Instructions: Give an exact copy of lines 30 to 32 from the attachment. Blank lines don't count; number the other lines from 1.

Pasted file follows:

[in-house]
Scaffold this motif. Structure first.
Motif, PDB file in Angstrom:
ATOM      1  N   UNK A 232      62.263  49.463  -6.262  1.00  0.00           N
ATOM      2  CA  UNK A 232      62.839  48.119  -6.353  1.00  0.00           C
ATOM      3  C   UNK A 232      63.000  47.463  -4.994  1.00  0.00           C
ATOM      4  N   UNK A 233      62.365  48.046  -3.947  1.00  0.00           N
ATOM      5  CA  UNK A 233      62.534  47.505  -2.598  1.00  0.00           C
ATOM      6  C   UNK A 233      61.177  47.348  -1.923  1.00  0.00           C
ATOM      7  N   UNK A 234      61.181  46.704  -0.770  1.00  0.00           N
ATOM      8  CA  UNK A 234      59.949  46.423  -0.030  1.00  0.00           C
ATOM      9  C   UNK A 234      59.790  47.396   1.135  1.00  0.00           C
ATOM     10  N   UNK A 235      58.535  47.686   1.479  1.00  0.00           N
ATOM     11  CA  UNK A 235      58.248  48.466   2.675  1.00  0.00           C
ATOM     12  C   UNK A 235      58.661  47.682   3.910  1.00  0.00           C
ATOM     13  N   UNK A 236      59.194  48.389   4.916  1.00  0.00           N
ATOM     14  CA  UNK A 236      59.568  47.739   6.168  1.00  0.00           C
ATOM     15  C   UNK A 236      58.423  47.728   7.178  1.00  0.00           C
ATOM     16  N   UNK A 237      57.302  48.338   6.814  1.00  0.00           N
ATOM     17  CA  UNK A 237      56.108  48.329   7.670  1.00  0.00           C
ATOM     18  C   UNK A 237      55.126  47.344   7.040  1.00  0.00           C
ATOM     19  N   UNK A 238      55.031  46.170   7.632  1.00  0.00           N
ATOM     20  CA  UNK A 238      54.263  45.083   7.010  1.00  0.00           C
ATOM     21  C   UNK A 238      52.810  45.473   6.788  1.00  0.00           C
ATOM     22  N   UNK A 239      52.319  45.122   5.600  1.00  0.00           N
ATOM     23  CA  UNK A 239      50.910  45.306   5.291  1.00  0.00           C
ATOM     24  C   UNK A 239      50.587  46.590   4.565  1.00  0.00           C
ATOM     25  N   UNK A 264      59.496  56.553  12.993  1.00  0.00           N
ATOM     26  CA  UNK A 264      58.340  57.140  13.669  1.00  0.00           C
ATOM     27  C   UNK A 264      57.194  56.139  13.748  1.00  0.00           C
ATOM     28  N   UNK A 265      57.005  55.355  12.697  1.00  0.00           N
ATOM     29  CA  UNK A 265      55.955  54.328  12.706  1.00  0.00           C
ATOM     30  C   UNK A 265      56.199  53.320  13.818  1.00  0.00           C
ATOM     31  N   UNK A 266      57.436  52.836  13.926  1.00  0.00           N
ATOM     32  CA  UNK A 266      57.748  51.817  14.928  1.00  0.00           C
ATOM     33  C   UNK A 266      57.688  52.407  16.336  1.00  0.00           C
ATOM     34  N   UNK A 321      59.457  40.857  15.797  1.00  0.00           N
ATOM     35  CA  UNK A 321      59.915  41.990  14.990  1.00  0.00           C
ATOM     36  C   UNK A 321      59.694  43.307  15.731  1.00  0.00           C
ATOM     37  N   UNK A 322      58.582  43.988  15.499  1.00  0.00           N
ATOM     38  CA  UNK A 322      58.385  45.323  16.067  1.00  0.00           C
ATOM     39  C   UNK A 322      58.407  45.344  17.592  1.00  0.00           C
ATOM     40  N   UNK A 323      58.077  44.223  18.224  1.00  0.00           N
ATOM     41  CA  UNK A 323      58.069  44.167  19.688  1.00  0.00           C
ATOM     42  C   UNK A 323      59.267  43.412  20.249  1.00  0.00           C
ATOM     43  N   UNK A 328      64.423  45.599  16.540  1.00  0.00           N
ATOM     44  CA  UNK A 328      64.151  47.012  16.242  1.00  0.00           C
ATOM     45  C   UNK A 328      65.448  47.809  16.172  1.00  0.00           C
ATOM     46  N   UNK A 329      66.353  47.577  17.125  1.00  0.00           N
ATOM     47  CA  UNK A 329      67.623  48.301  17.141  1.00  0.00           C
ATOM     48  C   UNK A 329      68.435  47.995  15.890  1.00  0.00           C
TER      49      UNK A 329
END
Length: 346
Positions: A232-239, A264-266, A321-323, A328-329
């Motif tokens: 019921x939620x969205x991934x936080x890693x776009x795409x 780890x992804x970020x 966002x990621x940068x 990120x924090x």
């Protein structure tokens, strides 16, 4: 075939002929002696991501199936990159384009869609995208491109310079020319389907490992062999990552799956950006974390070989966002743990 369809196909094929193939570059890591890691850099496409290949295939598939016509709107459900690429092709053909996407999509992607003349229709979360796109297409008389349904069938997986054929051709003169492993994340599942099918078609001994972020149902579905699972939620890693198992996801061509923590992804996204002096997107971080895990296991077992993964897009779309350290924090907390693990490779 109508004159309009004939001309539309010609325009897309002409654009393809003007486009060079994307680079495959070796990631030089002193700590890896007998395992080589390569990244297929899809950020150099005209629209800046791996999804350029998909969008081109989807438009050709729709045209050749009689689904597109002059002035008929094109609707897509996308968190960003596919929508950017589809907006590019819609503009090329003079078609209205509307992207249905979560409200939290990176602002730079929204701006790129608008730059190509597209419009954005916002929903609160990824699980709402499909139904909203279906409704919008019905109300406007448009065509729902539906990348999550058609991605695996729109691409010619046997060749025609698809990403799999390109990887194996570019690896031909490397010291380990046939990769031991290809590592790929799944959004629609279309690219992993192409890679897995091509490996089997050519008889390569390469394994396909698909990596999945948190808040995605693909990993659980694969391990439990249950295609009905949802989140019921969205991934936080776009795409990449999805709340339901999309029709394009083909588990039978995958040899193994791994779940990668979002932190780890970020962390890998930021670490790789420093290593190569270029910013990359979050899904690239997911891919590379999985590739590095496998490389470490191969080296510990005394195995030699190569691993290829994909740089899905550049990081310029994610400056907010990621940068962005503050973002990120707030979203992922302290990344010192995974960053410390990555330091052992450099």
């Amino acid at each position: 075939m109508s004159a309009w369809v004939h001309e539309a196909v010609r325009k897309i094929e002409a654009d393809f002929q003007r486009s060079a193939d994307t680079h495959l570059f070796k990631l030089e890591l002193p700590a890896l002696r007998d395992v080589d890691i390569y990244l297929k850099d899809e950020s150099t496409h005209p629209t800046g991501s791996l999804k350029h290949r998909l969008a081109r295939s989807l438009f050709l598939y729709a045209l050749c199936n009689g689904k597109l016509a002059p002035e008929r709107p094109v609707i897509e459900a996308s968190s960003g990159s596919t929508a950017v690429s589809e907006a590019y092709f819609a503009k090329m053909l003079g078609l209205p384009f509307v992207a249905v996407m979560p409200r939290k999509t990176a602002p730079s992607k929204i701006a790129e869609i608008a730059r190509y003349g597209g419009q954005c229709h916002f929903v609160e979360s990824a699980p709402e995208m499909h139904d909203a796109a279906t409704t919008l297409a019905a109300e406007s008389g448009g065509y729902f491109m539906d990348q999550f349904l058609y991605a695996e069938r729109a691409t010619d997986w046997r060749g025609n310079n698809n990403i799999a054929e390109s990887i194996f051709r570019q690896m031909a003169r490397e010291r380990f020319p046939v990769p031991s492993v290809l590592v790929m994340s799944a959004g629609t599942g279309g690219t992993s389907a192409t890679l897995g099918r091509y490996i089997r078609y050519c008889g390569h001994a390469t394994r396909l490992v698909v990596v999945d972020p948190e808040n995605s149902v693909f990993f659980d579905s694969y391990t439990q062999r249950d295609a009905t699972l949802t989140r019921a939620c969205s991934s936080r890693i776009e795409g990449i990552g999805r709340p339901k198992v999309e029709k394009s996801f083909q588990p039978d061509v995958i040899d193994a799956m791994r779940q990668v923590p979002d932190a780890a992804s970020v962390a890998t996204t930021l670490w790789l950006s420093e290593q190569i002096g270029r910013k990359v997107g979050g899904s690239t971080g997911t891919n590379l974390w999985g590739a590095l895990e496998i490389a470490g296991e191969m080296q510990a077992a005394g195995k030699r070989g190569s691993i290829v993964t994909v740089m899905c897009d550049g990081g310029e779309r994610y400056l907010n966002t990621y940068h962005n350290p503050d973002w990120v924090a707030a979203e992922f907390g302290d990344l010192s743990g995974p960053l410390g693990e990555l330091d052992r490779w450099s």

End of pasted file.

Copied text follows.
ATOM     27  C   UNK A 264      57.194  56.139  13.748  1.00  0.00           C
ATOM     28  N   UNK A 265      57.005  55.355  12.697  1.00  0.00           N
ATOM     29  CA  UNK A 265      55.955  54.328  12.706  1.00  0.00           C